The interdependencies across the elements of the electric system and with natural gas point to the need for greater coordination and alignment across planning processes.
Industry groups have been investigating the potential benefits of integrated system planning. In 2018, the National Association of Regulatory Utility Commissioners and the National Association of State Energy Officials created a task force to assess the need for planning integration. They dubbed the process Comprehensive Electricity Planning (CEP) and in their 2021 findings report, outlined the following objectives for a successful CEP approach:
The Electric Power Research Institute (EPRI) has launched the “Integrated Resilience and Strategic Planning Framework” which is focused on developing the tools and processes needed to plan the electric system to meet decarbonization, electrification, resiliency, and other objectives. As part of this work, EPRI recently conducted a pilot demonstration of an integrated study process in New York.
Notable examples of utilities that have begun to integrate aspects of planning include:
The extent of integration differs in each case, but common drivers include the belief that traditional planning falls short in the face of accelerating industry change and the goal of optimizing investment across systems. There is also increasing recognition of the potential for non-traditional resources and the need to properly account for their value.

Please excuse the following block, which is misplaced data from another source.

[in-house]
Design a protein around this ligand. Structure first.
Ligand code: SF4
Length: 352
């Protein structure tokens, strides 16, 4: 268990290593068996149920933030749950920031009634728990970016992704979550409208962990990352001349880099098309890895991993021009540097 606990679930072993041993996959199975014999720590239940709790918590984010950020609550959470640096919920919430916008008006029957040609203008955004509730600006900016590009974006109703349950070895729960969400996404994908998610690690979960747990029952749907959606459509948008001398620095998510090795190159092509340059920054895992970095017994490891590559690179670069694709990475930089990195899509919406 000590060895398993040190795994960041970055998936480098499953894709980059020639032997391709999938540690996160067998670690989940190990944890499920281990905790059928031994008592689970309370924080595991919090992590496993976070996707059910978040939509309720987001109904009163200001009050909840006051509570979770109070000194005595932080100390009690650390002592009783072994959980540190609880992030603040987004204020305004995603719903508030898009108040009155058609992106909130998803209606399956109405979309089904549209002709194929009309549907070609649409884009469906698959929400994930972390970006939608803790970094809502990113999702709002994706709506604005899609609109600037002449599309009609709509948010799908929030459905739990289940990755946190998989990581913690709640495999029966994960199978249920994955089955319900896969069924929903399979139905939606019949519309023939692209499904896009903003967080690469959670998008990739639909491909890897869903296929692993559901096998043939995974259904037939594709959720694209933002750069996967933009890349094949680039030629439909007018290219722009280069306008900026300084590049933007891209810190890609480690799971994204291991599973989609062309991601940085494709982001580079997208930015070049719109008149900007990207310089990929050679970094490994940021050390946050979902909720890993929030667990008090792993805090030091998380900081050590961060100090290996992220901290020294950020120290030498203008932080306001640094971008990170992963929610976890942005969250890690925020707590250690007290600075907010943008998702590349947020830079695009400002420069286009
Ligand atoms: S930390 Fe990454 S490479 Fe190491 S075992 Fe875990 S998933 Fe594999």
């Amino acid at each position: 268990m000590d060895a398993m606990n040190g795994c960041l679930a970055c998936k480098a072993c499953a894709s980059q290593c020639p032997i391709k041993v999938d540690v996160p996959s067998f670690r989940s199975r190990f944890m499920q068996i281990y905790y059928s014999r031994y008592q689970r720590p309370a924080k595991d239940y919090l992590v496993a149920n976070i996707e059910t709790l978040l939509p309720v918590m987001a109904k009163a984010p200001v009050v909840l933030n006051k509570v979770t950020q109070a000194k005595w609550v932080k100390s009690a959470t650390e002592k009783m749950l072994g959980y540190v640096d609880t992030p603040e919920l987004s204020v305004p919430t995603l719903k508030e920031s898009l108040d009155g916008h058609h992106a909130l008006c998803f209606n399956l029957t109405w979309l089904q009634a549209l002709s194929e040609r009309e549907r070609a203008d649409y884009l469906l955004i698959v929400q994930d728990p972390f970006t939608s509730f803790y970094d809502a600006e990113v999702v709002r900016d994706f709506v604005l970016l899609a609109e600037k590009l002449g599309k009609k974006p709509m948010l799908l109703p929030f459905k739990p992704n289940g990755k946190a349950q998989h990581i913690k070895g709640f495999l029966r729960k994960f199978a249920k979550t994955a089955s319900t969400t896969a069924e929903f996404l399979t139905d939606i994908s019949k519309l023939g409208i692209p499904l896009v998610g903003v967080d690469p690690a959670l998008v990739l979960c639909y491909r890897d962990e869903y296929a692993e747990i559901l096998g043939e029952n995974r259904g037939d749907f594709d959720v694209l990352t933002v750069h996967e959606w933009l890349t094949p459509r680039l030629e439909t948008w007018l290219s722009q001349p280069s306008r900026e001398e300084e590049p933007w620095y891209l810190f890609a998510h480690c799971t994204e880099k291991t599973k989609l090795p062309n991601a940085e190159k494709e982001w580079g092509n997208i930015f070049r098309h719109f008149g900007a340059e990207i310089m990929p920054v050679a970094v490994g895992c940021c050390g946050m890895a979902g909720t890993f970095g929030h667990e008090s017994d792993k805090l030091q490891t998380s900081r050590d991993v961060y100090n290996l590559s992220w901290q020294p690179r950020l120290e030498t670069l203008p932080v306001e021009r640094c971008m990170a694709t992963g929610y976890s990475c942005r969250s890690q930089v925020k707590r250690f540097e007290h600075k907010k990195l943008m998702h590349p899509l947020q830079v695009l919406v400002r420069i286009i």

The discussion of integrated system planning gives rise to myriad questions as utilities consider the adequacy of their existing processes. For example:
These considerations give rise to the gating question for utilities: What should the planning process be capable of in this evolving environment?
The answer to this question leads to another: What is the state of existing planning processes and where are they aligned to or divergent from this vision?
The answers to these questions will inform the degree to which process, organization, or data and system changes are needed. In many cases, all three will have to change.
Utilities will need to determine if existing planning tools (systems) can support their vision for integrated planning. Integration of data across these functions could provide value but will be challenging, as each currently relies on different data, different systems, and plans over different time horizons.
Organizations and people will have a steep learning curve. People will be critical to aligning planning processes, and utilities will need to both recruit and train individuals capable of performing these functions.
The pace of electrification will require more dynamic load forecasting to accommodate change. There is a substantial push for electrification in many industries, notably transportation, which has been shown to drive peaks in demand and has the potential to create large, new loads in a short time frame. Forecasting, likewise, will need to become more dynamic and inform processes that have traditionally only been done on an annual basis.
The industry is transforming and the need for utility planning to likewise evolve is becoming evident. As we balance our traditional goals of ensuring reliability and affordability with clean energy objectives, the need for a holistic, integrated view of our asset portfolios is critical.
ScottMadden is actively working with our clients to evolve utility planning and enable the clean energy transition.